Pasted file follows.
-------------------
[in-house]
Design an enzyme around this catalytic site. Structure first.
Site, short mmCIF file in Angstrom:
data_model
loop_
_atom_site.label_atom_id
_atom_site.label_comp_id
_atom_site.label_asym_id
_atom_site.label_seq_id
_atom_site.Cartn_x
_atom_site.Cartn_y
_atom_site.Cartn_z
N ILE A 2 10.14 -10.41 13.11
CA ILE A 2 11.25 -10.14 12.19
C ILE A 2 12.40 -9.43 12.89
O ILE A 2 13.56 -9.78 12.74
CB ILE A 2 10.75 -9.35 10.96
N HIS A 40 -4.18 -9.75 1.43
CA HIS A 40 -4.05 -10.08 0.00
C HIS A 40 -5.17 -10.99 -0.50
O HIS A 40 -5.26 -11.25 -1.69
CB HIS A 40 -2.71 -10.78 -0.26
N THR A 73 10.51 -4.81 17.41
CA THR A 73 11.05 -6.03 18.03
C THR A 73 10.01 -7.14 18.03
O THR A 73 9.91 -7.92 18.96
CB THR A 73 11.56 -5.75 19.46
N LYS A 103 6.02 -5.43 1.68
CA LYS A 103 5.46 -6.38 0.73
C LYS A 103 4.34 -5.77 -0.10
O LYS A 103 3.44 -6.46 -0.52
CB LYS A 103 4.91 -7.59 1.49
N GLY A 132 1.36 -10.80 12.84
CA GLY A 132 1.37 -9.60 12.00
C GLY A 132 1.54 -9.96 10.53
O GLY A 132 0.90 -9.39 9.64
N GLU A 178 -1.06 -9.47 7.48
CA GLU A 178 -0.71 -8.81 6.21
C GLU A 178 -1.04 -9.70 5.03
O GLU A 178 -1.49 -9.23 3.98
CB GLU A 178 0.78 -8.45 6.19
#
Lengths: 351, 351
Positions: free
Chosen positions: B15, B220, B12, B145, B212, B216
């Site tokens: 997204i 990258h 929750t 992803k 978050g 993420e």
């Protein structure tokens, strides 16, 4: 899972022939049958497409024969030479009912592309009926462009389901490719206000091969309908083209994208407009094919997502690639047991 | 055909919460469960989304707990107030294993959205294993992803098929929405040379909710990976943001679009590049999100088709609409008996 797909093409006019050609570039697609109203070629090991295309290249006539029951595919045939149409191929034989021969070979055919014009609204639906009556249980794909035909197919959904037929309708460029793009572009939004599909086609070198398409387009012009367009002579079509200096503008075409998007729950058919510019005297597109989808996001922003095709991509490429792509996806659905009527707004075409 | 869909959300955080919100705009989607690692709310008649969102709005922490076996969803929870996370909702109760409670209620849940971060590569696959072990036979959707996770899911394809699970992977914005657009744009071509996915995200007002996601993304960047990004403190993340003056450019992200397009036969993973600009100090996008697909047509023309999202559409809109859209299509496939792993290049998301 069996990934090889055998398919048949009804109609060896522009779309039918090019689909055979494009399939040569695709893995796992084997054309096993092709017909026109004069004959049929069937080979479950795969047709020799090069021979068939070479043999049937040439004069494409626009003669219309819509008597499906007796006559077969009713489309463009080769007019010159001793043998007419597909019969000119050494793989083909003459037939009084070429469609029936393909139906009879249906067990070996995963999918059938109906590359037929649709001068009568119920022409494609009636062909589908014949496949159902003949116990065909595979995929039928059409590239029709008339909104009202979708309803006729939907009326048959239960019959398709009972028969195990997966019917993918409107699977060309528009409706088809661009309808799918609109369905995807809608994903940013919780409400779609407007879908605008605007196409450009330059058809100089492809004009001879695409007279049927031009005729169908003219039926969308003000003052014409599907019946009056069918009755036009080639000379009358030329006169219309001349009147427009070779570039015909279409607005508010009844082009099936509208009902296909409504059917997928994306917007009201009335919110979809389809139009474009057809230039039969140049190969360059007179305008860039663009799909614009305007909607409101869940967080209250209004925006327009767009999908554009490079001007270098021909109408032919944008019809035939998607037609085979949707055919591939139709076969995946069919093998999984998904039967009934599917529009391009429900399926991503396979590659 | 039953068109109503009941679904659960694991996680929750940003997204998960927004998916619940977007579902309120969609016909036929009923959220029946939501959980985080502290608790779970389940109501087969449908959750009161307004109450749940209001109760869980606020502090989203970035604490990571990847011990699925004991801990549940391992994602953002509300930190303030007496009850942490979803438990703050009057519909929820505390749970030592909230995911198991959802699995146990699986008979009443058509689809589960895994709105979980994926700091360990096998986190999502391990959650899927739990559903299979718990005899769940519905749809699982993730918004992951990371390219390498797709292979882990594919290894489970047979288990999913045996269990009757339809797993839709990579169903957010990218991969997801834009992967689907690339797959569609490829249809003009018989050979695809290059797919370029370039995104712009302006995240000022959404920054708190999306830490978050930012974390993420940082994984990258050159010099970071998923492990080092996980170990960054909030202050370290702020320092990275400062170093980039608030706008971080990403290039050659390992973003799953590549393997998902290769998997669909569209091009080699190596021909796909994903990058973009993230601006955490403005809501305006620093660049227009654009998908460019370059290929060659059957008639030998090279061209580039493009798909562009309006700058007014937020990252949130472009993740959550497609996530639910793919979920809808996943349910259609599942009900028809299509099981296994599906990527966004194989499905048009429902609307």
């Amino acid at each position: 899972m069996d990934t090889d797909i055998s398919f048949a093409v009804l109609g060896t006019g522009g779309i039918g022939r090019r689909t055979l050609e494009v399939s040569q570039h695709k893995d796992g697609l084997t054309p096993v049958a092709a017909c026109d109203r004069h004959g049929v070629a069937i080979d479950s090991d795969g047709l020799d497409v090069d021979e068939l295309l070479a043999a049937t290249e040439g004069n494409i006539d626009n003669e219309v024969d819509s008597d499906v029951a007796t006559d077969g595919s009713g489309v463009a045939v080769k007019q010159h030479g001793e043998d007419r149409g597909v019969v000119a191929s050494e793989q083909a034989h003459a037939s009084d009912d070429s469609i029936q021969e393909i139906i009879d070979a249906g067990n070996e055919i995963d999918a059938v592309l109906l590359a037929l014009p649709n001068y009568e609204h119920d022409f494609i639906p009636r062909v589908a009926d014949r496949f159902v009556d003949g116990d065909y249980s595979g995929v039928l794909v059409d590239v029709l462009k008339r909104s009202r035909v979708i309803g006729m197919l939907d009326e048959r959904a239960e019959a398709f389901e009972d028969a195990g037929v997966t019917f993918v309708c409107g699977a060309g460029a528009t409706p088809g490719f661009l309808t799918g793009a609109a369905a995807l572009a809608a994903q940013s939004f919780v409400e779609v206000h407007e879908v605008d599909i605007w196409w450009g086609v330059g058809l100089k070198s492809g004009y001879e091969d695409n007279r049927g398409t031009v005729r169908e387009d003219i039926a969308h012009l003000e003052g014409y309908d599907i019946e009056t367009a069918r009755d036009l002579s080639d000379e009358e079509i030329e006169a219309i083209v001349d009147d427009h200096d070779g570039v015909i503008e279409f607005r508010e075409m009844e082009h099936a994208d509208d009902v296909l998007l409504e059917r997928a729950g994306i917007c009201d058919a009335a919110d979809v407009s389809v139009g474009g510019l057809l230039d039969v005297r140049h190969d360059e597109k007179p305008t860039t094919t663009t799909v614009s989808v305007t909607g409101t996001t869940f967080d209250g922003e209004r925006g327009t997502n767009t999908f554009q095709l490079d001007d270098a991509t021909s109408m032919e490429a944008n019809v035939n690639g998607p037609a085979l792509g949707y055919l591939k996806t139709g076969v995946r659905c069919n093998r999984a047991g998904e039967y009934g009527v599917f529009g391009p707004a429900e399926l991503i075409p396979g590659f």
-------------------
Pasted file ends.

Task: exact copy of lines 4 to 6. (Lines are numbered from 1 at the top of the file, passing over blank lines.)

data_model
loop_
_atom_site.label_atom_id